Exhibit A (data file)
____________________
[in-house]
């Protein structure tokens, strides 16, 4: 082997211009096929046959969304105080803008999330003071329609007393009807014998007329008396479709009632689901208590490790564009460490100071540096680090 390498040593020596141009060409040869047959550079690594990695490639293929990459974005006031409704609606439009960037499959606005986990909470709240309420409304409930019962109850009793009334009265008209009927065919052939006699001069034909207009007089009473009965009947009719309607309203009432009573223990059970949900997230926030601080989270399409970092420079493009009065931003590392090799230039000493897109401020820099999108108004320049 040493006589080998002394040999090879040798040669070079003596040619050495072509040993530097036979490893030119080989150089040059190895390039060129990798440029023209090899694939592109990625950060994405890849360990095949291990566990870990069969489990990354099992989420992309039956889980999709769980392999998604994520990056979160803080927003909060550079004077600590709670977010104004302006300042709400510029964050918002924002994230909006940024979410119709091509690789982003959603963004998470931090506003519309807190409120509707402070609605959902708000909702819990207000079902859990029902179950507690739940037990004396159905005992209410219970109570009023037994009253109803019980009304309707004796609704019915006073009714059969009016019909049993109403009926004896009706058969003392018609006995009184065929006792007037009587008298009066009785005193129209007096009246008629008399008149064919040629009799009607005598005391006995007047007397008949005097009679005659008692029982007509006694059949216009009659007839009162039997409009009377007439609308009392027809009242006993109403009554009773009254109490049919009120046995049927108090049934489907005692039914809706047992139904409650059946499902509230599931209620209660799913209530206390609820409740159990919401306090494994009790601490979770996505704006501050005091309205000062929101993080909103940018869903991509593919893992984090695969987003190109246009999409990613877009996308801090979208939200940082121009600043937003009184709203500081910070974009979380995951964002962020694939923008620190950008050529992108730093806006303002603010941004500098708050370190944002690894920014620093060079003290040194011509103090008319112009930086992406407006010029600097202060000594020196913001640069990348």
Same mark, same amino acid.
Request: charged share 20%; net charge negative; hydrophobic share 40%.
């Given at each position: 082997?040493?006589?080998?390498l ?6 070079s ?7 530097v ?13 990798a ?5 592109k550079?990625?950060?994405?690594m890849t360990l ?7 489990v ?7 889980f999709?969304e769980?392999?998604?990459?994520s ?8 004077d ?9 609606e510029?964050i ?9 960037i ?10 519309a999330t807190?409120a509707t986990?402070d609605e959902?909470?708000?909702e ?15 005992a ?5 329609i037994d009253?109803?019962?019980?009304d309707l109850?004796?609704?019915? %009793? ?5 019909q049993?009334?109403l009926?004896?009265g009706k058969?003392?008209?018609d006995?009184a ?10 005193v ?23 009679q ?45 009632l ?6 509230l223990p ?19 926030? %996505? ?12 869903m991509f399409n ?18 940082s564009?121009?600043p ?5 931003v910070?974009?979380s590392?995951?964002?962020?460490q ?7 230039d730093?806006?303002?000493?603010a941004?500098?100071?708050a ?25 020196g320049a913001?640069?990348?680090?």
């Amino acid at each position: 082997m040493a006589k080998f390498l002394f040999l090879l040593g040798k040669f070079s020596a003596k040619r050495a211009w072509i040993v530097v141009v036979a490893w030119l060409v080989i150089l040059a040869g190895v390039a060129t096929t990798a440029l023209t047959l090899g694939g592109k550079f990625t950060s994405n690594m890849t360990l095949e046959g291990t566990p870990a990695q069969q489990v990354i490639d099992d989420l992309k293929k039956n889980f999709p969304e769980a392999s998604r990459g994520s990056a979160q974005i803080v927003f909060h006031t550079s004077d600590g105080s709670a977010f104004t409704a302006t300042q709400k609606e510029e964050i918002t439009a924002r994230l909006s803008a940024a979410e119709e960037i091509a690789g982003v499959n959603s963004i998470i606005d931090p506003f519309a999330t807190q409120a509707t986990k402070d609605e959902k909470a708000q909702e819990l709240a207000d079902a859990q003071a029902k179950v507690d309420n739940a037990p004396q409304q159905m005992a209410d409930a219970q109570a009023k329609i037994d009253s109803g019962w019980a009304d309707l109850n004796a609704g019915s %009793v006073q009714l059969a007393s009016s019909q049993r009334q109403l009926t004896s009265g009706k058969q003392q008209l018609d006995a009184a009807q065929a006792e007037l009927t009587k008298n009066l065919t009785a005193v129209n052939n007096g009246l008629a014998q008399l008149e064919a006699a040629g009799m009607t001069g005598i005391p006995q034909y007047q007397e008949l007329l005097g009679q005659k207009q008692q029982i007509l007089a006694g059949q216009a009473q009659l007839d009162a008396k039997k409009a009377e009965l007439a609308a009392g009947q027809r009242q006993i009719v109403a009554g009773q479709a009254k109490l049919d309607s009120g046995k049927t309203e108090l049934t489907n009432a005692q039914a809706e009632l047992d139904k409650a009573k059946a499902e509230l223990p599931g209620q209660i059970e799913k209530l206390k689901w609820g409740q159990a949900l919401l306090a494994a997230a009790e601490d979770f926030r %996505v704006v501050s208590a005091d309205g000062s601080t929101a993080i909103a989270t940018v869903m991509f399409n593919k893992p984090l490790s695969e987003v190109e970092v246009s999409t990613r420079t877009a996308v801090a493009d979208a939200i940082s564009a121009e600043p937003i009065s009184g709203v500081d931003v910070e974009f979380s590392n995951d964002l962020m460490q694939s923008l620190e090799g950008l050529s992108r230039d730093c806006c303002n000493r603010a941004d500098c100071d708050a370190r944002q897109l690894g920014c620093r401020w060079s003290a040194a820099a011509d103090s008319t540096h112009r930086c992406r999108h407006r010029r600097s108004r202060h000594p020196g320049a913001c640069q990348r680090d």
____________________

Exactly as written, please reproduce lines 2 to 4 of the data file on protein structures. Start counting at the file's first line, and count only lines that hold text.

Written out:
């Protein structure tokens, strides 16, 4: 082997211009096929046959969304105080803008999330003071329609007393009807014998007329008396479709009632689901208590490790564009460490100071540096680090 390498040593020596141009060409040869047959550079690594990695490639293929990459974005006031409704609606439009960037499959606005986990909470709240309420409304409930019962109850009793009334009265008209009927065919052939006699001069034909207009007089009473009965009947009719309607309203009432009573223990059970949900997230926030601080989270399409970092420079493009009065931003590392090799230039000493897109401020820099999108108004320049 040493006589080998002394040999090879040798040669070079003596040619050495072509040993530097036979490893030119080989150089040059190895390039060129990798440029023209090899694939592109990625950060994405890849360990095949291990566990870990069969489990990354099992989420992309039956889980999709769980392999998604994520990056979160803080927003909060550079004077600590709670977010104004302006300042709400510029964050918002924002994230909006940024979410119709091509690789982003959603963004998470931090506003519309807190409120509707402070609605959902708000909702819990207000079902859990029902179950507690739940037990004396159905005992209410219970109570009023037994009253109803019980009304309707004796609704019915006073009714059969009016019909049993109403009926004896009706058969003392018609006995009184065929006792007037009587008298009066009785005193129209007096009246008629008399008149064919040629009799009607005598005391006995007047007397008949005097009679005659008692029982007509006694059949216009009659007839009162039997409009009377007439609308009392027809009242006993109403009554009773009254109490049919009120046995049927108090049934489907005692039914809706047992139904409650059946499902509230599931209620209660799913209530206390609820409740159990919401306090494994009790601490979770996505704006501050005091309205000062929101993080909103940018869903991509593919893992984090695969987003190109246009999409990613877009996308801090979208939200940082121009600043937003009184709203500081910070974009979380995951964002962020694939923008620190950008050529992108730093806006303002603010941004500098708050370190944002690894920014620093060079003290040194011509103090008319112009930086992406407006010029600097202060000594020196913001640069990348």
Same mark, same amino acid.
Request: charged share 20%; net charge negative; hydrophobic share 40%.